Aljazeera’s Mehdi Hasan invited me to join former financial regulator Lord Adair Turner, venture capitalist John Moulton and SOAS’s Professor Costas Lapavitsas in a debate about whether capitalism had failed the world.
I was asked by the Observer’s economics editor, Heather Stewart to submit a memo to Mr Carney on on 30 June 2013, the day before he takes up office as governor of the Bank of England.
The link here will send you to the Observer’s page with contributions from Lord Myners, Danny Gabay, Andrew Sentance and Pat Mcfadden MP. (Unfortunately in the printed edition the Observer described the 2068 gilt as a five year bond. It is of course fifty five years as corrected in the post below).
“Last week the UK’s gilt market suffered heavy falls and a rise in yields, as a result of turmoil caused by the Federal Reserve’s decision to drop long-term calender guidance on the direction of interest rates in favor of a new, less predictable outcome: the 65% unemployment threshold. Continue reading… ›
I was asked to prepare and record this note to Mr Carney which was then not broadcast. Nevertheless I’m posting it here for the record.
“Welcome Mr Carney to a Britain chilled by both the jet stream’s change of direction, and by the Federal Reserve’s sudden shift in monetary policy.
The impact of this shift on nervous global capital markets has been dramatic. Yields on longer-term UK bonds have reason since May, and will push up rates on mortgages and other debts. Continue reading… ›
This article originally appeared on IPPR. Click here to read it in full.
Welcome. I write to urge you to cool expectations that Britain can live by monetary policy alone.
Our political establishment is reluctant to discuss this in public, but Britain ranks alongside Japan as the most indebted of the larger economies. McKinsey estimates UK private debt at an extraordinary 427 per cent of GDP, vastly exceeding gross public debt at 94 per cent of GDP. By contrast, American private debt is half the UK’s, at 198 per cent of GDP. Continue reading… ›
(Photo Source: Kirsty Wigglesworth/AP, via the Guardian)
Following last Friday’s Transforming Finance Conference, the Guardian’s Heather Stewart interviewed me and other participants about the best ways to fix the UK banking system. Read her article below, or as originally published.
George Osborne and Vince Cable have tried cajoling, coaxing and bribing Britain’s banks to lend more to businesses and help rebuild the economy. Yet the latest official figures show lending to firms still falling, while the reputation of the banks has continued to be undermined by scandals from Libor-fixing to money-laundering. And despite a forest of new regulations and reforms, many officials privately believe that if it came to the crunch, any future chancellor would have little choice but to bail out a big bank that fell into distress.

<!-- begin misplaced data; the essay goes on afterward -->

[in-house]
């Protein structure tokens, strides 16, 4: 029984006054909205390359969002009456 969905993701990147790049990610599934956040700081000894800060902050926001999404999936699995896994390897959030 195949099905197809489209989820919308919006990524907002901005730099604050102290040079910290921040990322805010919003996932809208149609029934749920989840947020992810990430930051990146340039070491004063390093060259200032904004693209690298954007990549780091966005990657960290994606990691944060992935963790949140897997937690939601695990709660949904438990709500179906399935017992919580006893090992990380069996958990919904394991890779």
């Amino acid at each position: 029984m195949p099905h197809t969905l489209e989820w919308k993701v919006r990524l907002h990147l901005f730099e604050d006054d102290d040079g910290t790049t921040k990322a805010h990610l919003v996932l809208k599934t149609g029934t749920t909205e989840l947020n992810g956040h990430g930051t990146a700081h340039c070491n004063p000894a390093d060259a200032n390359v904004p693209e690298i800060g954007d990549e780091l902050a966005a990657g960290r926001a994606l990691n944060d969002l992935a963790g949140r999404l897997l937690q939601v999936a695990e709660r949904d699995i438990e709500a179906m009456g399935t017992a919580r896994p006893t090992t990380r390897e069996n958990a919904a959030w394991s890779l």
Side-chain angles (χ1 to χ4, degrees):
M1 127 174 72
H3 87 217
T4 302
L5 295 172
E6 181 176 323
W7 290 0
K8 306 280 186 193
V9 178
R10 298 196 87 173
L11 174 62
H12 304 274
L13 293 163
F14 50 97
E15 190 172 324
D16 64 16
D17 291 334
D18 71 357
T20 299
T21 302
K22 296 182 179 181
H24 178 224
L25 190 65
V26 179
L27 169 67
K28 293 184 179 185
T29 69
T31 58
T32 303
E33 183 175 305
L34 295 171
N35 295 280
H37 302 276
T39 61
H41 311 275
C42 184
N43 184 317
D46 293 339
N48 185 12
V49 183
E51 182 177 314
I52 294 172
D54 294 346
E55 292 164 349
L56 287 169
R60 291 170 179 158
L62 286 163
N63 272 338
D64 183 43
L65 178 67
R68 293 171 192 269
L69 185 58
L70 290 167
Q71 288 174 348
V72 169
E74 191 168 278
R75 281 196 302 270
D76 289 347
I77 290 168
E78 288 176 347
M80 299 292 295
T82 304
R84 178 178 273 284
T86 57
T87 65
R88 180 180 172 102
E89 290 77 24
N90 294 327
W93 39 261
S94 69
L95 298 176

Last Friday, I was invited to speak at the Transforming Finance conference held in London, organised by Positive Money, along with Friends of the Earth, the New Economics Foundation, the Finance Innovation Lab, ResPublica, Civitas, Fair Pensions, and the World Development Movement. The conference brought together academics, campaigners and financiers to look for ways to build a better banking system. The Guardian produced a video about the event; click above to open the video.
I was invited to take part in a debate asking “The City and the Common Good: What kind of City do we want?” organised by St. Paul’s Institute and CCLA on Tuesday, May 7. Speakers included economic historian Lord Robert Skidelsky, Tarek El Diwany of Zest Advisory LLP and Paul Sharma of the Prudential Regulation Authority. The debate was chaired by BBC Economics Editor Stephanie Flanders and attended by over 900 people. Watch the entire debate above.
Our mini-research on the UK’s postwar experience, is a modest test of the debt-austerity “thesis”. Using International Monetary Fund and Office for National Statistics numbers for 1949-2011, we found that UK gross domestic product increased at its fastest average rate – by 3.19 per cent – during the 18-year period (1949-66) when the debt-to-GDP ratio was more than 90 per cent (and mostly way over 100 per cent). This compares with an average of 2.60 per cent for the 36 years when the ratio lies between 30 and 60 per cent. For the other nine years (60 to 90 per cent), the average is 1.93 per cent.
What is more, during the 18 years when the debt-to-GDP ratio was more than 90 per cent, that ratio fell every year without exception. We do not, of course, seek to argue from this that a high debt-to-GDP ratio leads to, or is associated with, higher growth. We simply note that increased economic activity will tend to shrink the debt-to-GDP ratio, while falls in economic activity tend to increase it.
Ann Pettifor and Jeremy Smith, Directors, Policy Research in Macroeconomics, London NW1, UK
The simple truth unpalatable to Eurozone authorities is that small peripheral EU economies and even big economies like Spain and Italy, are victims, not designers of the liberalised financial architecture that was built way back in 1992, repeating earlier twentieth century failed experiments that led to financial crisis, immiseration and war. Continue reading… ›
Margaret Thatcher’s economic legacy was prompted by the 1976 Labour government’s capitulation to the IMF – but she took it much further.
It is ironic that Margaret Thatcher’s funeral is to take place at St. Paul’s in the City of London. The world around Wren’s great monument is beginning to unravel as a result of the liberalisation forces she helped unleash. Banks are bankrupt, thousands of jobs lost, and the City’s hard-won reputation for honour and fair play is now in tatters. Continue reading… ›